What’s interesting about the conversations surrounding the portraits is that it ignited reflection and critique among audiences who otherwise may not have been interested in the work of Black visual artists. The notorious“Black Twitter” does not disappoint when it comes to providing up-to-the-minute insights on just about everything involving Black people and culture. With each comment, reply and retweet, users further dissected the images and other references while challenging one another’s notions of art, Blackness, culture, and history. While this doesn’t make up the entirety of the Black identity and experience, it serves as an indication of the vocabulary and insights that other “traditional” media lacks.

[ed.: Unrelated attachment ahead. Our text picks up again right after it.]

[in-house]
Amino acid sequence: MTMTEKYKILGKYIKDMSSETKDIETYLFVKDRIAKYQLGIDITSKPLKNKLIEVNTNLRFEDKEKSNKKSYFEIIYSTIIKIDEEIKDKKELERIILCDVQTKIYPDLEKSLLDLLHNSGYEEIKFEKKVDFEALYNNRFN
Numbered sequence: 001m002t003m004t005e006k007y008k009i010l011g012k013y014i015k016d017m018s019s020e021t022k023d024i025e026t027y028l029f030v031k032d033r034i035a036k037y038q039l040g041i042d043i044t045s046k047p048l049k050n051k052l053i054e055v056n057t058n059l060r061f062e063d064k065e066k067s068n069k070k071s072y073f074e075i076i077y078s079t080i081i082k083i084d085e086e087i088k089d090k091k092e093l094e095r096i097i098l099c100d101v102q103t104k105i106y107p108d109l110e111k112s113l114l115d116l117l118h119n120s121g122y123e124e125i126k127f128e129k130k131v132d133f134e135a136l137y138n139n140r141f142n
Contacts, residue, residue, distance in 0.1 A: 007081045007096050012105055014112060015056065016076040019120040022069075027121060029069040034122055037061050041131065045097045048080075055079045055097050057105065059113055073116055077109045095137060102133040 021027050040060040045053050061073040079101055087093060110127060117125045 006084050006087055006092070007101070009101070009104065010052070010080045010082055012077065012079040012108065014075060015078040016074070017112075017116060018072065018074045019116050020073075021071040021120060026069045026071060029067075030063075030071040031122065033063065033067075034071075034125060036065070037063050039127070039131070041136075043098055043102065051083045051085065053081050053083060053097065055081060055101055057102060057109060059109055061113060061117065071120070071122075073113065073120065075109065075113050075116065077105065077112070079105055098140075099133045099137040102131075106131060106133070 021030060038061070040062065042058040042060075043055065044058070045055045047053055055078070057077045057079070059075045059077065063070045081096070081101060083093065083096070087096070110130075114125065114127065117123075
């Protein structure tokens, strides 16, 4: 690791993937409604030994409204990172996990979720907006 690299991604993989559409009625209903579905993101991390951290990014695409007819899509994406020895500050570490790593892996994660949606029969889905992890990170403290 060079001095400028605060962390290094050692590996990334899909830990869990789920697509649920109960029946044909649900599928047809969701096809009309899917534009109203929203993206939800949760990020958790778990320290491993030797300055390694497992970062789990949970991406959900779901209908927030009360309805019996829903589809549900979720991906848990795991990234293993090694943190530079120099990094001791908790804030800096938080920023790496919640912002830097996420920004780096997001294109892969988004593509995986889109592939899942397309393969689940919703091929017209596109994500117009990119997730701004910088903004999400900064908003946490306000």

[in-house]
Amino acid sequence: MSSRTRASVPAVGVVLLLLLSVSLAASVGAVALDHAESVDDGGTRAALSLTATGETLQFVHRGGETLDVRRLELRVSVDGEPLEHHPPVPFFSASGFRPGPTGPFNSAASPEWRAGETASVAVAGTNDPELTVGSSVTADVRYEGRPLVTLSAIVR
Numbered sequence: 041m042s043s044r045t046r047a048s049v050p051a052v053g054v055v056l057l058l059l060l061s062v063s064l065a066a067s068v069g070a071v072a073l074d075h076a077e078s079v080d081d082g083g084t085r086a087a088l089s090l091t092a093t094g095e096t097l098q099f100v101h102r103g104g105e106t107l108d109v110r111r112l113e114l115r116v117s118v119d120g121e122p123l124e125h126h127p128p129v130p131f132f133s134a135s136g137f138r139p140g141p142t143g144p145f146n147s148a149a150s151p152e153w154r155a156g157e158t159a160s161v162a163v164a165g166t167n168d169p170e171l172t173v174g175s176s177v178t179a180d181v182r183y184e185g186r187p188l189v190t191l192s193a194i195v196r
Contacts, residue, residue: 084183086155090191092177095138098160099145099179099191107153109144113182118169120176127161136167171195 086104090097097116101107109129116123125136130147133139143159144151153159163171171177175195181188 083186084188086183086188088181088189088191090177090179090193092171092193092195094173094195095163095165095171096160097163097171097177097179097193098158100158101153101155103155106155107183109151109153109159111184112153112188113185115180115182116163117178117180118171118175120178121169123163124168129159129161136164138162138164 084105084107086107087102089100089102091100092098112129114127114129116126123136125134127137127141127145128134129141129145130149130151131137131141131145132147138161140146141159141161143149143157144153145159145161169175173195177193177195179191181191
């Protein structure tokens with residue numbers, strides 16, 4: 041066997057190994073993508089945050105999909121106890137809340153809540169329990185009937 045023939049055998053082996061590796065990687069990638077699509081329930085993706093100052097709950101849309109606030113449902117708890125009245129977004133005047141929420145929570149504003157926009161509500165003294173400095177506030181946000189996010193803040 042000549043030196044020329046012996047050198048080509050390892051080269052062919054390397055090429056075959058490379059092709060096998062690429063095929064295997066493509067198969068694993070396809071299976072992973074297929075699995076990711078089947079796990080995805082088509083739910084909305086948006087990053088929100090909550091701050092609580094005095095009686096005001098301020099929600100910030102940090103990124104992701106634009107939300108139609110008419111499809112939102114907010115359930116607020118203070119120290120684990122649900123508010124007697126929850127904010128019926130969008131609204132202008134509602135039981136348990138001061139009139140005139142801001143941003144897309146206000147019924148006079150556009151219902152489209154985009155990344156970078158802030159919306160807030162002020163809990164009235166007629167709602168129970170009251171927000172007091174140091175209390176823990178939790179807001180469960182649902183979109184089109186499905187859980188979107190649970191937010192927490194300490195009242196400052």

Why the social media uproar about the aesthetic quality of the Obama portraits? Unlike film and TV — where exclusion of Black artists have been met with upheaval (i.e. #oscarssowhite) — the Black visual arts world has not garnered a similar disruption. At least not until now.  

Like other art forms, critical views of contemporary and conceptual art are often embedded within constructs and vocabularies that were created by, let’s face it, old white men. They wrote the books and theories that have been studied and perpetuated by subsequent generations. Many art history and art criticism paradigms fail to acknowledge Black artists, curators or critics. I don’t recall discussing a single Black artist in my art humanities class at school. In looking through archives of art history books, it’s almost as if Black artists didn’t exist until emancipation.